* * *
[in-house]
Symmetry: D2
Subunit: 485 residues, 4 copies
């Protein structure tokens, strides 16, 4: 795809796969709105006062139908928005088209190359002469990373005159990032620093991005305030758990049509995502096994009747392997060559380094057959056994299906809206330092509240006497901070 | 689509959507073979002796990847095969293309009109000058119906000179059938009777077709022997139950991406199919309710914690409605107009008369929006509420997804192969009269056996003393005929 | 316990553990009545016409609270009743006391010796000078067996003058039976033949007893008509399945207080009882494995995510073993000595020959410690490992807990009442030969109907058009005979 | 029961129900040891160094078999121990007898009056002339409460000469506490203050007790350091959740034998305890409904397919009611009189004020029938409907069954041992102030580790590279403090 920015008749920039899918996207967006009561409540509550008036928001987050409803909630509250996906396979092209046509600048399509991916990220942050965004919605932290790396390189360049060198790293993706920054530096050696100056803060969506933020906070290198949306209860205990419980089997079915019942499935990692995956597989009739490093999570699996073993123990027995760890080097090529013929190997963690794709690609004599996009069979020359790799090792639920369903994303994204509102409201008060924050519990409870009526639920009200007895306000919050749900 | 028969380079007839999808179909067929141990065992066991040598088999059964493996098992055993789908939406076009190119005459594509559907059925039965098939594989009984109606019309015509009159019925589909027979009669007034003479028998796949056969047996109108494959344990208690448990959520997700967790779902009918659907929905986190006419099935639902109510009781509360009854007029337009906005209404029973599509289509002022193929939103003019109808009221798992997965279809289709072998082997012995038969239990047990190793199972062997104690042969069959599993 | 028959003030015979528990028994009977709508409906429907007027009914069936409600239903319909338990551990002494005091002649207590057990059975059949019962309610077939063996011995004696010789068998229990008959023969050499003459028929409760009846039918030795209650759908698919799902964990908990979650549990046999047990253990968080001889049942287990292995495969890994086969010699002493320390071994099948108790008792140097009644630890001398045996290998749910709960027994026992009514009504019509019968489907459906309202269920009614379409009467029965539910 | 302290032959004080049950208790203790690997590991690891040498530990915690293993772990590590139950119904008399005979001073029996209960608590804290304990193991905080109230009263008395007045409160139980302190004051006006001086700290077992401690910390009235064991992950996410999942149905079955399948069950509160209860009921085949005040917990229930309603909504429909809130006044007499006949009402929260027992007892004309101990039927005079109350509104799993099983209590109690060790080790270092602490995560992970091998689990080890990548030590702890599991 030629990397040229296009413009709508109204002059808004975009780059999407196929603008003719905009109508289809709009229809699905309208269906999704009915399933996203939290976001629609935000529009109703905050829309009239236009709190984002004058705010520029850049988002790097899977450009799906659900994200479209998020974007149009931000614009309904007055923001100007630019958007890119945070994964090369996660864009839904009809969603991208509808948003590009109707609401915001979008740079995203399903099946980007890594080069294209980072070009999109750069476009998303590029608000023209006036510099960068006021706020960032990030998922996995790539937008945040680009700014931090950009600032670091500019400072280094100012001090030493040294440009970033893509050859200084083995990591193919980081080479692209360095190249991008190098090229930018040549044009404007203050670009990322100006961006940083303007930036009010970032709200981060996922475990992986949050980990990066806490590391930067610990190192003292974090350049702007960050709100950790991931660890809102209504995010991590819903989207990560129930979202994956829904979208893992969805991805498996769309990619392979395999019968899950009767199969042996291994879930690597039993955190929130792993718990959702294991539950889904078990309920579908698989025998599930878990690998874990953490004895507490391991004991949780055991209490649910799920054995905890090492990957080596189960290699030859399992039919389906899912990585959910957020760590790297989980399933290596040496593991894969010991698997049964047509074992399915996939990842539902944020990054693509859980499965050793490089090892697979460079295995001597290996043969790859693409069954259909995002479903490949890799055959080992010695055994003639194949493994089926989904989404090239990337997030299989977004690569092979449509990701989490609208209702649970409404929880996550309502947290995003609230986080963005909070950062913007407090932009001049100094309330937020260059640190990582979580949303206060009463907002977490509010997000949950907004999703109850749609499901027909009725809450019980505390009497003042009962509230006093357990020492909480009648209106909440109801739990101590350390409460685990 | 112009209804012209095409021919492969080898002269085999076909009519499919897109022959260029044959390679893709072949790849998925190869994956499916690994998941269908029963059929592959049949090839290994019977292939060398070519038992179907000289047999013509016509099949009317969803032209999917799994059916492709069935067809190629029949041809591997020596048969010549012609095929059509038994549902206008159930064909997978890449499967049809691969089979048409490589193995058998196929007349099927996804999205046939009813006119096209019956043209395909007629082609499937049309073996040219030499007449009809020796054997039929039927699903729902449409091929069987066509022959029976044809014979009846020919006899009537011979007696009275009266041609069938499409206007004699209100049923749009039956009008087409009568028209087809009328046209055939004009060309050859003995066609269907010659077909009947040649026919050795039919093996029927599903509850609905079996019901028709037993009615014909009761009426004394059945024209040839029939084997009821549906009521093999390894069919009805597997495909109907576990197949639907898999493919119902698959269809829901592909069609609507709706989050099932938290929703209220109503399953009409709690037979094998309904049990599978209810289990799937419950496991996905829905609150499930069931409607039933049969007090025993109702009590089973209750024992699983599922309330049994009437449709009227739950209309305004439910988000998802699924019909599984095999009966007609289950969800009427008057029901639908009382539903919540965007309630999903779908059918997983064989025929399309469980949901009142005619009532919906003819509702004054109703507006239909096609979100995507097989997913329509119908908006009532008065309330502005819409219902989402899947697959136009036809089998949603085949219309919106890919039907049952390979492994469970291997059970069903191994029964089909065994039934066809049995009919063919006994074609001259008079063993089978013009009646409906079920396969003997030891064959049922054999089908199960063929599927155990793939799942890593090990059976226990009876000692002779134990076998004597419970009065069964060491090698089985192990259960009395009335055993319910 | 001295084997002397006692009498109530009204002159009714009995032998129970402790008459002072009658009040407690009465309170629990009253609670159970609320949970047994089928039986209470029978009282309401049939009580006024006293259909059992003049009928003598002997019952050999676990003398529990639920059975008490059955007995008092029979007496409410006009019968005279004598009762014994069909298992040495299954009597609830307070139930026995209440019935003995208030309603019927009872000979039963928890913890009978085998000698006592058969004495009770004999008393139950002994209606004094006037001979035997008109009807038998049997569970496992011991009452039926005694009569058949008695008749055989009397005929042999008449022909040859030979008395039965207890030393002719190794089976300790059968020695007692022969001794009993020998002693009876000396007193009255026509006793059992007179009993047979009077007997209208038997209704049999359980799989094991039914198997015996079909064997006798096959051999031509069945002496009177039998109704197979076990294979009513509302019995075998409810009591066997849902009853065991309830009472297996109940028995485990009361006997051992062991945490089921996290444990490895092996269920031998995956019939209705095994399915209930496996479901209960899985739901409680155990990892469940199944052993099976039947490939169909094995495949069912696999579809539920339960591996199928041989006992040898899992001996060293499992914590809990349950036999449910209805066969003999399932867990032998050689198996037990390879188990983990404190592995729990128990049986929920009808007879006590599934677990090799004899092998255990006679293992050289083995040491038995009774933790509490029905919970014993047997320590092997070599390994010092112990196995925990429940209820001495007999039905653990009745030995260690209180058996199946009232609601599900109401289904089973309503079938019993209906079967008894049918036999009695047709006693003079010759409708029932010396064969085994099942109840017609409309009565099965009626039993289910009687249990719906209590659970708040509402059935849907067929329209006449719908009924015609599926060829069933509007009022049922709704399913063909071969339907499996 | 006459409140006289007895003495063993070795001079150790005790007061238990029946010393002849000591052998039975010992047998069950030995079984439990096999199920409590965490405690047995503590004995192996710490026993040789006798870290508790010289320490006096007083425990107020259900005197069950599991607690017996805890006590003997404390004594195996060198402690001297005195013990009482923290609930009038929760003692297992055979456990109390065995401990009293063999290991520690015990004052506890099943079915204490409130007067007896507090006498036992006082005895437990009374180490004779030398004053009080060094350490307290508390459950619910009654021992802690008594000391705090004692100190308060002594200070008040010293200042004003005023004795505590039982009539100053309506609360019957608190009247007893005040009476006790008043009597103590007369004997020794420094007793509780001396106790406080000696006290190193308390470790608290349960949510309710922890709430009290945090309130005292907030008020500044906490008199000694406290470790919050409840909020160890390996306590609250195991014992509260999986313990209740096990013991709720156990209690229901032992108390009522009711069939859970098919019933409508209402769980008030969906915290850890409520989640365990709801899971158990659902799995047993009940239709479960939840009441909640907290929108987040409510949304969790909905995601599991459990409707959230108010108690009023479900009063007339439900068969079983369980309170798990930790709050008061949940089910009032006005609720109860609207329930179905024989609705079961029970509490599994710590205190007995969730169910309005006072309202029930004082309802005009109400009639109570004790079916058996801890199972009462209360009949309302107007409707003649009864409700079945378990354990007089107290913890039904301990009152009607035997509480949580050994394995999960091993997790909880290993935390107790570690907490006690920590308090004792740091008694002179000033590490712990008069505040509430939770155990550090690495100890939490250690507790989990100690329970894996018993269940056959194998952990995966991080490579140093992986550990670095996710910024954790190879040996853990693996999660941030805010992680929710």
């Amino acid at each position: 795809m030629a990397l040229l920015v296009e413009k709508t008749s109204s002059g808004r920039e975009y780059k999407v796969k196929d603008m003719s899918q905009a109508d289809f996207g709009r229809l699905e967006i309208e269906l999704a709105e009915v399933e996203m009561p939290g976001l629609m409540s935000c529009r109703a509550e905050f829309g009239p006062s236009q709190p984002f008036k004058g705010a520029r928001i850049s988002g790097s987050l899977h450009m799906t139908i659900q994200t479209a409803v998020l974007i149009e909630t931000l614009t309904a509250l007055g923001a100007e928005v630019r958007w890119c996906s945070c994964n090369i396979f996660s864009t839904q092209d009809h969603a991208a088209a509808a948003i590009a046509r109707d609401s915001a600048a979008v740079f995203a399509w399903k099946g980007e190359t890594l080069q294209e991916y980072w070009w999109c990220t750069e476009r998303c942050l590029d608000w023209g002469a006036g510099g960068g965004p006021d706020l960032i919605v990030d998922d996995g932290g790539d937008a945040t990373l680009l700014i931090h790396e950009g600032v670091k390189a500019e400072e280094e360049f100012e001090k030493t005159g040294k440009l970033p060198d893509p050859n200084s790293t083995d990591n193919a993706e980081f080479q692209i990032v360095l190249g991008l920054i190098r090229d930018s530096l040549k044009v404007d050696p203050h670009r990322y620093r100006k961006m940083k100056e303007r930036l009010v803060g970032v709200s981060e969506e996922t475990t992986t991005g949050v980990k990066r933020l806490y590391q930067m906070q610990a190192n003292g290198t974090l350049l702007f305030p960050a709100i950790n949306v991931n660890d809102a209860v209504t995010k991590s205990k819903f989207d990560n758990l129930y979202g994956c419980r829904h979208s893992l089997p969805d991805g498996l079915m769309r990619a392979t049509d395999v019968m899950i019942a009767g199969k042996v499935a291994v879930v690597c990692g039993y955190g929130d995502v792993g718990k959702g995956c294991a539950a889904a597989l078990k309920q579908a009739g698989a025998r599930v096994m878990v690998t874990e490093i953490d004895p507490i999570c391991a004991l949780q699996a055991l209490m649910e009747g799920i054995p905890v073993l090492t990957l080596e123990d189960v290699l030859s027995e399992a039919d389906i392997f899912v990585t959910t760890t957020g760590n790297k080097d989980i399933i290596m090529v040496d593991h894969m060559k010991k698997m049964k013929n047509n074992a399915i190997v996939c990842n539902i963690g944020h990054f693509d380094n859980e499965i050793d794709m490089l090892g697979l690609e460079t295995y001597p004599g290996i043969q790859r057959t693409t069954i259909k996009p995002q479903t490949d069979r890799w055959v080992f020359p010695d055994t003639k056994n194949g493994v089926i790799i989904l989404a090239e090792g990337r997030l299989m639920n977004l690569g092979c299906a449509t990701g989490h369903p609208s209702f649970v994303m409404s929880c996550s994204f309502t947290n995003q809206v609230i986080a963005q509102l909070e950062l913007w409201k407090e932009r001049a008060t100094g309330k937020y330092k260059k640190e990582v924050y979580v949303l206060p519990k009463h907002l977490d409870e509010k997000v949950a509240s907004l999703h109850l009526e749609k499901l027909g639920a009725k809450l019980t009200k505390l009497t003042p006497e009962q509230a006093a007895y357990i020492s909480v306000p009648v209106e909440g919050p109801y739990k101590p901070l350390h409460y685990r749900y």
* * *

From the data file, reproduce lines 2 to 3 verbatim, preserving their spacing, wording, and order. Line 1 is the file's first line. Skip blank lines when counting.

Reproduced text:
Symmetry: D2
Subunit: 485 residues, 4 copies